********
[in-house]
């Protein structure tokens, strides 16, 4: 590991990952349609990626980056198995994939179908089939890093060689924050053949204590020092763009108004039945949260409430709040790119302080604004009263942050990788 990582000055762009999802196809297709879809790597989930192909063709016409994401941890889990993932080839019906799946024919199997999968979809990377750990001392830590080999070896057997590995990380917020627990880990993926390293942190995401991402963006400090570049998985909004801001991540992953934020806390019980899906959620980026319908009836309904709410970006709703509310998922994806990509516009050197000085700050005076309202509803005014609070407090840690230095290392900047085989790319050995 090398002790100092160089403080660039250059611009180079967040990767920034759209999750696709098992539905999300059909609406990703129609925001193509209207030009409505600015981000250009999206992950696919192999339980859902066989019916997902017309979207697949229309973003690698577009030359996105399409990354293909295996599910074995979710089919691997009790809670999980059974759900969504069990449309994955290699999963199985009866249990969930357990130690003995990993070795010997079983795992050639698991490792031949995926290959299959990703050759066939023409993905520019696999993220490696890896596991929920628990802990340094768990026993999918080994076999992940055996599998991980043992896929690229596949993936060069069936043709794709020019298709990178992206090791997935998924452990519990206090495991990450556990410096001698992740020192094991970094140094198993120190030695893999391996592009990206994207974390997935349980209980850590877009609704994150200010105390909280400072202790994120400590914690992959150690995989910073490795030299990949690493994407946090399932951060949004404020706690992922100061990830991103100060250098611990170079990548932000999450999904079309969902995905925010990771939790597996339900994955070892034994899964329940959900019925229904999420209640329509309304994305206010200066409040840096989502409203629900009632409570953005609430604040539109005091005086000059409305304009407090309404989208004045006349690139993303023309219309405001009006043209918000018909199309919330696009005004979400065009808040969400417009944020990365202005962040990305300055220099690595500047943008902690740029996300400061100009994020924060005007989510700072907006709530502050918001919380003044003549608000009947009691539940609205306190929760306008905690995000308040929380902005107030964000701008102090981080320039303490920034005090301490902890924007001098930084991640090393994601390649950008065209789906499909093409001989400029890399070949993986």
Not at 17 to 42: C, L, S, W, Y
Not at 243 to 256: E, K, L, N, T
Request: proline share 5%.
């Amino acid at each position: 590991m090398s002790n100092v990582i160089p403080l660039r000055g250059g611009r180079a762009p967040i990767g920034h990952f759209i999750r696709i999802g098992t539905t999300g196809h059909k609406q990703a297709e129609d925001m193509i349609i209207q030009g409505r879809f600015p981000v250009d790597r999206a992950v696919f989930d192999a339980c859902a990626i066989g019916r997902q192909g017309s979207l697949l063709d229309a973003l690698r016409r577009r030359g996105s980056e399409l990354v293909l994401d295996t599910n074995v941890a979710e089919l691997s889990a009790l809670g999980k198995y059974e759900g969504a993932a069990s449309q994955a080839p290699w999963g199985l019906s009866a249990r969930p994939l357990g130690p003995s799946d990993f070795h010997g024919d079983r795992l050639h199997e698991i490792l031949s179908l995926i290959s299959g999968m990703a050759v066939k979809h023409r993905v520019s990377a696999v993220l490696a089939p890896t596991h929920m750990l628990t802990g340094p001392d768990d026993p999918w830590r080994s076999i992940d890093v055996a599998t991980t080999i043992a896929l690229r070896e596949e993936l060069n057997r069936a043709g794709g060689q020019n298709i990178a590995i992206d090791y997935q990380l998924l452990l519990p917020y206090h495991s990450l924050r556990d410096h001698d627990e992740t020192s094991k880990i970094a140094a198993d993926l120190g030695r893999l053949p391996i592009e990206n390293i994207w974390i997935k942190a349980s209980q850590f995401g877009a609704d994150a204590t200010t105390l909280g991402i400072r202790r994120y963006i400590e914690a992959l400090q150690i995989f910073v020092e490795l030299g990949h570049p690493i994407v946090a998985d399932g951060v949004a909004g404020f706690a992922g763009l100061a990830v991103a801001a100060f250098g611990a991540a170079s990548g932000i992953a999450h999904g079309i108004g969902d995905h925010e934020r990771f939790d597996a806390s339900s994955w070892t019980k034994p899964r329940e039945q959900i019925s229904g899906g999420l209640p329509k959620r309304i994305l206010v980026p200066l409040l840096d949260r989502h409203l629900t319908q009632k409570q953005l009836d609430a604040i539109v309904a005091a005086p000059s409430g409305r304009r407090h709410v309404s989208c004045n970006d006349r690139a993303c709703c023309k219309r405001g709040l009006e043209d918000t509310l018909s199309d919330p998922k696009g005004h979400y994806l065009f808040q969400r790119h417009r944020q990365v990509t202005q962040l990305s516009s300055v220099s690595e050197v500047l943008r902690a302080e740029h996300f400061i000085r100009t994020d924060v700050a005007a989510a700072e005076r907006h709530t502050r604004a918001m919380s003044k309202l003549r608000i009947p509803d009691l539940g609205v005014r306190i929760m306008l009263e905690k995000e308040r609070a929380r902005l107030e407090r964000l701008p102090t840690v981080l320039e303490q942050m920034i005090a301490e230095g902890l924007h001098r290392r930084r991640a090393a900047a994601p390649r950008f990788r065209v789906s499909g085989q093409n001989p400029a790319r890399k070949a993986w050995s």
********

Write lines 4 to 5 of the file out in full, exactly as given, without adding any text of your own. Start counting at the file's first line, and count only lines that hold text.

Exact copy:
Not at 243 to 256: E, K, L, N, T
Request: proline share 5%.